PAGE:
Influenza epidemiology, vaccine coverage and vaccine effectiveness in sentinel Australian hospitals in 2013: the Influenza Complications Alert Network
Cheng, AC and Dwyer, DE and Holmes, M and Irving, LB and Brown, SG and Waterer, GW and Korman, TM and Hunter, C and Hewagama, S and Friedman, ND and Wark, PA and Simpson, G and Upham, JW and Bowler, SD and Senenayake, SN and Kotsimbos, TC and Kelly, PM, Influenza epidemiology, vaccine coverage and vaccine effectiveness in sentinel Australian hospitals in 2013: the Influenza Complications Alert Network, Communicable diseases intelligence quarterly report, 38, (2) pp. E143-E149. ISSN 1447-4514 (2014) [Refereed Article]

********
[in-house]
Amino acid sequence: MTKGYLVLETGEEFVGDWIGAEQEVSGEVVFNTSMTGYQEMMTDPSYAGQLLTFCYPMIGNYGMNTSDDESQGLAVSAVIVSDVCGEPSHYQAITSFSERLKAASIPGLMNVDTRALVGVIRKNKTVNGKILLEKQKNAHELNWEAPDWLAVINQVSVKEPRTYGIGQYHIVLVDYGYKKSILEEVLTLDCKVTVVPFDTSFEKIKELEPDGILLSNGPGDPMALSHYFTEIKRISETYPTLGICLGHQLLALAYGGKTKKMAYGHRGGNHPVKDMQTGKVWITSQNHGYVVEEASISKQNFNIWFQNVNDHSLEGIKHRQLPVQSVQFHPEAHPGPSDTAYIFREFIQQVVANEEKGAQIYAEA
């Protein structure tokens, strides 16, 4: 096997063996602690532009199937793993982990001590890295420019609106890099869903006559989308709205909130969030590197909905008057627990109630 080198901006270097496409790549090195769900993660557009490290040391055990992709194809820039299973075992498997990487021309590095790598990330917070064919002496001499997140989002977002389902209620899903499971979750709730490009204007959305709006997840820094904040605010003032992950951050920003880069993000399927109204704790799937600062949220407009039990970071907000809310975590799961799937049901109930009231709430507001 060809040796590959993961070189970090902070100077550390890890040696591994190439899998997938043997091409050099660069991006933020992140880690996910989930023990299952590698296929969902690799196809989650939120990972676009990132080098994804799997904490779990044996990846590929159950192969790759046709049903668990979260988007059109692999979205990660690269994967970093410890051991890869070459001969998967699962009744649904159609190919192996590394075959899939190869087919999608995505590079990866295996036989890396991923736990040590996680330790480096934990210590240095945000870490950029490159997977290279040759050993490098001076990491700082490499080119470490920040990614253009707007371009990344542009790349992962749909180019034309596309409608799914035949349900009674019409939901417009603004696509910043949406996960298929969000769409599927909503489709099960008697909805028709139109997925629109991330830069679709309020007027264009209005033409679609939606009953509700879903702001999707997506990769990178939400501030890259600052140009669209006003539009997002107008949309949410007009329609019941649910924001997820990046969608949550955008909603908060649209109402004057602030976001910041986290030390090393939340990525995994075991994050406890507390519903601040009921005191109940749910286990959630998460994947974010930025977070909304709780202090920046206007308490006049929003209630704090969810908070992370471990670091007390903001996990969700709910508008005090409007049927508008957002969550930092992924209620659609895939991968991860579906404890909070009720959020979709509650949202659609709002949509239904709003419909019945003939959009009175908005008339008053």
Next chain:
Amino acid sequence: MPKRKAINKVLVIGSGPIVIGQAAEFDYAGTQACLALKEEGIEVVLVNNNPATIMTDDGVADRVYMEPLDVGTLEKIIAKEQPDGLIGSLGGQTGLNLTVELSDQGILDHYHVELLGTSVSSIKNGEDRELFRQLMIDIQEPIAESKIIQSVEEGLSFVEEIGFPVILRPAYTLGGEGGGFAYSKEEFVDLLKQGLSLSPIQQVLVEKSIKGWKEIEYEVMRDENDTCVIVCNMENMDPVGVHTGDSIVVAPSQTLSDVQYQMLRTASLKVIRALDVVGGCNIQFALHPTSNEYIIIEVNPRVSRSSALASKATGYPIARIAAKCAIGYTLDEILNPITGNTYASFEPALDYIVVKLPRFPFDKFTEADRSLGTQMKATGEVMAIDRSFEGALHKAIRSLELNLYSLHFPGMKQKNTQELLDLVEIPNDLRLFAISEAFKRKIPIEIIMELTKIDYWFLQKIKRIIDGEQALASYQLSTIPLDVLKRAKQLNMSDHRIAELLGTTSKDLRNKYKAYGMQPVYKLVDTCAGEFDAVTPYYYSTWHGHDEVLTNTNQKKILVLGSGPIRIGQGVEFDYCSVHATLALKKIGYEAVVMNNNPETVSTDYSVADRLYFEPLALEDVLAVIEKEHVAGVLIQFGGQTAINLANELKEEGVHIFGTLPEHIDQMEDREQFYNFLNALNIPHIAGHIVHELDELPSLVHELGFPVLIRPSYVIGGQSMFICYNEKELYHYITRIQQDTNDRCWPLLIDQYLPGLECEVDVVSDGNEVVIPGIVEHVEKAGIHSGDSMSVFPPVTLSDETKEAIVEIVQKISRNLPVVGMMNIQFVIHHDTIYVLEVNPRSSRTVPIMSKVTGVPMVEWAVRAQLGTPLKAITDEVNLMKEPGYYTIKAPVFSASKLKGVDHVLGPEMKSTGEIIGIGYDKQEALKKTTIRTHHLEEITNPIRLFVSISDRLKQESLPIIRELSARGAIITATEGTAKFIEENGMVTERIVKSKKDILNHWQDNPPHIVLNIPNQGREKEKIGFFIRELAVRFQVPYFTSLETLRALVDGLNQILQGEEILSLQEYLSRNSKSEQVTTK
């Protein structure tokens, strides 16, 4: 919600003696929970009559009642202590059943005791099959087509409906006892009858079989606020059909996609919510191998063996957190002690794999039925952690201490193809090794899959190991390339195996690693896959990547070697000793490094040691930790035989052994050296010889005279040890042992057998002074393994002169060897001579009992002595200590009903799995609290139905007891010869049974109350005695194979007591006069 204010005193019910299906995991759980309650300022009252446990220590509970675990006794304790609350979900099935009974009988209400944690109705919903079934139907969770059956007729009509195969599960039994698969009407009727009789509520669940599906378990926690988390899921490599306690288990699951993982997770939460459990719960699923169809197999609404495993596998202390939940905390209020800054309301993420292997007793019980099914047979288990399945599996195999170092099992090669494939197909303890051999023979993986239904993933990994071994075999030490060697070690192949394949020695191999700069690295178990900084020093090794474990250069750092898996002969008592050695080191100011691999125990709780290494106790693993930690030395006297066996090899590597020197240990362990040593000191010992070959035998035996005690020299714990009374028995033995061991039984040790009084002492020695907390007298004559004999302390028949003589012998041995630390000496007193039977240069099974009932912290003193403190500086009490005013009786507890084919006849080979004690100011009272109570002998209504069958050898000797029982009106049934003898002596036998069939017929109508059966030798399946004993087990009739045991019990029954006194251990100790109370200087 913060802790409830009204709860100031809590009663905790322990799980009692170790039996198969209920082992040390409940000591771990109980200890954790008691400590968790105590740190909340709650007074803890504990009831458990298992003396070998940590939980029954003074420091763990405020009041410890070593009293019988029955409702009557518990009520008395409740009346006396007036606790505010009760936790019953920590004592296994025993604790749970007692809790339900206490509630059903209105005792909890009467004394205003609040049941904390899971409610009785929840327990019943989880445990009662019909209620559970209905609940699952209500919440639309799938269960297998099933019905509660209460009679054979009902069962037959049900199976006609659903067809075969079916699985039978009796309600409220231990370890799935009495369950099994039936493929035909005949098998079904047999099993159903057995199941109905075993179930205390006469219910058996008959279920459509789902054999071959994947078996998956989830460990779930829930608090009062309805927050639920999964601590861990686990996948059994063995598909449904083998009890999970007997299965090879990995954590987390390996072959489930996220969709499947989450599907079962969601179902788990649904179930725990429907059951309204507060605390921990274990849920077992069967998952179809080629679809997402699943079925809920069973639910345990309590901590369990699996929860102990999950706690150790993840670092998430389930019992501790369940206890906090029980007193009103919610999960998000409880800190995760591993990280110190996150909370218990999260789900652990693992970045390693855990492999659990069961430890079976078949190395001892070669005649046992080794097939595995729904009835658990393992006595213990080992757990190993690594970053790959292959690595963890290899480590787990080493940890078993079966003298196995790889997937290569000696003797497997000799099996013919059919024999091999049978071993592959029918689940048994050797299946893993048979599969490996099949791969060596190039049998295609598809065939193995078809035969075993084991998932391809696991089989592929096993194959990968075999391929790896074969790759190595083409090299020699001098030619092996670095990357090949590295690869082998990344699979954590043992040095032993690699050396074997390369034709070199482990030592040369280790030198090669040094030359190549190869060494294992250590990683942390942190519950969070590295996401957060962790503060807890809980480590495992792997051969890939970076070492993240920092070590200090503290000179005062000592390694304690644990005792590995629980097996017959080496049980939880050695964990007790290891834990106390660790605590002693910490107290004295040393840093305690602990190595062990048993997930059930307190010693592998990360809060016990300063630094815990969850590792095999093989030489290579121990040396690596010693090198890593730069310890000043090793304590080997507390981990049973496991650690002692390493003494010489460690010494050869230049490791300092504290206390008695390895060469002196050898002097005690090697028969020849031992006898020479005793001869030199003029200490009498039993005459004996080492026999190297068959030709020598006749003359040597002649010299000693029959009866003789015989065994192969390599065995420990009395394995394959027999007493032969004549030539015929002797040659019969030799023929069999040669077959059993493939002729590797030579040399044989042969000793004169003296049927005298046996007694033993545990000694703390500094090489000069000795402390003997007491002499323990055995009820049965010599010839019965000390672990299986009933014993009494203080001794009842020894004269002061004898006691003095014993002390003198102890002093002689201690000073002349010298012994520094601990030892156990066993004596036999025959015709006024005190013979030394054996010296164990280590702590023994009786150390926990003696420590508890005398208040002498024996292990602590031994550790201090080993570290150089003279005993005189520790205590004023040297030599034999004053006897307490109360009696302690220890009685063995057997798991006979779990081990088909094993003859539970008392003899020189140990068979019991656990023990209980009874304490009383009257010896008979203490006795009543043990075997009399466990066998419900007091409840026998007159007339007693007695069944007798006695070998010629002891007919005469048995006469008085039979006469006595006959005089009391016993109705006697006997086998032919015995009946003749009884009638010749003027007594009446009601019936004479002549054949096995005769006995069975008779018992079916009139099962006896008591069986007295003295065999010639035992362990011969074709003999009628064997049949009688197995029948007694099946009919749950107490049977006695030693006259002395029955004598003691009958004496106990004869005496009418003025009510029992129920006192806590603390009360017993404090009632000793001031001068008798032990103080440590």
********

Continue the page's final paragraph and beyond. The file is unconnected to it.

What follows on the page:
The National Influenza Program aims to reduce serious morbidity and mortality from influenza by providing public funding for vaccination to at-risk groups. The Influenza Complications Alert Network (FluCAN) is a sentinel hospital-based surveillance program that operates at 14 sites in all states and territories in Australia. This report summarises the epidemiology of hospitalisations with confirmed influenza, estimates vaccine coverage and influenza vaccine protection against hospitalisation with influenza during the 2013 influenza season. In this observational study, cases were defined as patients admitted to one of the sentinel hospitals, with influenza confirmed by nucleic acid testing. Controls were patients who had acute respiratory illnesses who were test-negative for influenza. Vaccine effectiveness was estimated as 1 minus the odds ratio of vaccination in case patients compared with control patients, after adjusting for known confounders. During the period 5 April to 31 October 2012, 631 patients were admitted with confirmed influenza at the 14 FluCAN sentinel hospitals. Of these, 31% were more than 65 years of age, 9.5% were Indigenous Australians, 4.3% were pregnant and 77% had chronic co-morbidities. Influenza B was detected in 30% of patients. Vaccination coverage was estimated at 81% in patients more than 65 years of age but only 49% in patients aged less than 65 years with chronic comorbidities. Vaccination effectiveness against hospitalisation with influenza was estimated at 50% (95% confidence interval: 33%, 63%, P<0.001). We detected a significant number of hospital admissions with confirmed influenza in a national observational study. Vaccine coverage was incomplete in at-risk groups, particularly non-elderly patients with medical comorbidities. Our results suggest that the seasonal influenza vaccine was moderately protective against hospitalisation with influenza in the 2013 season.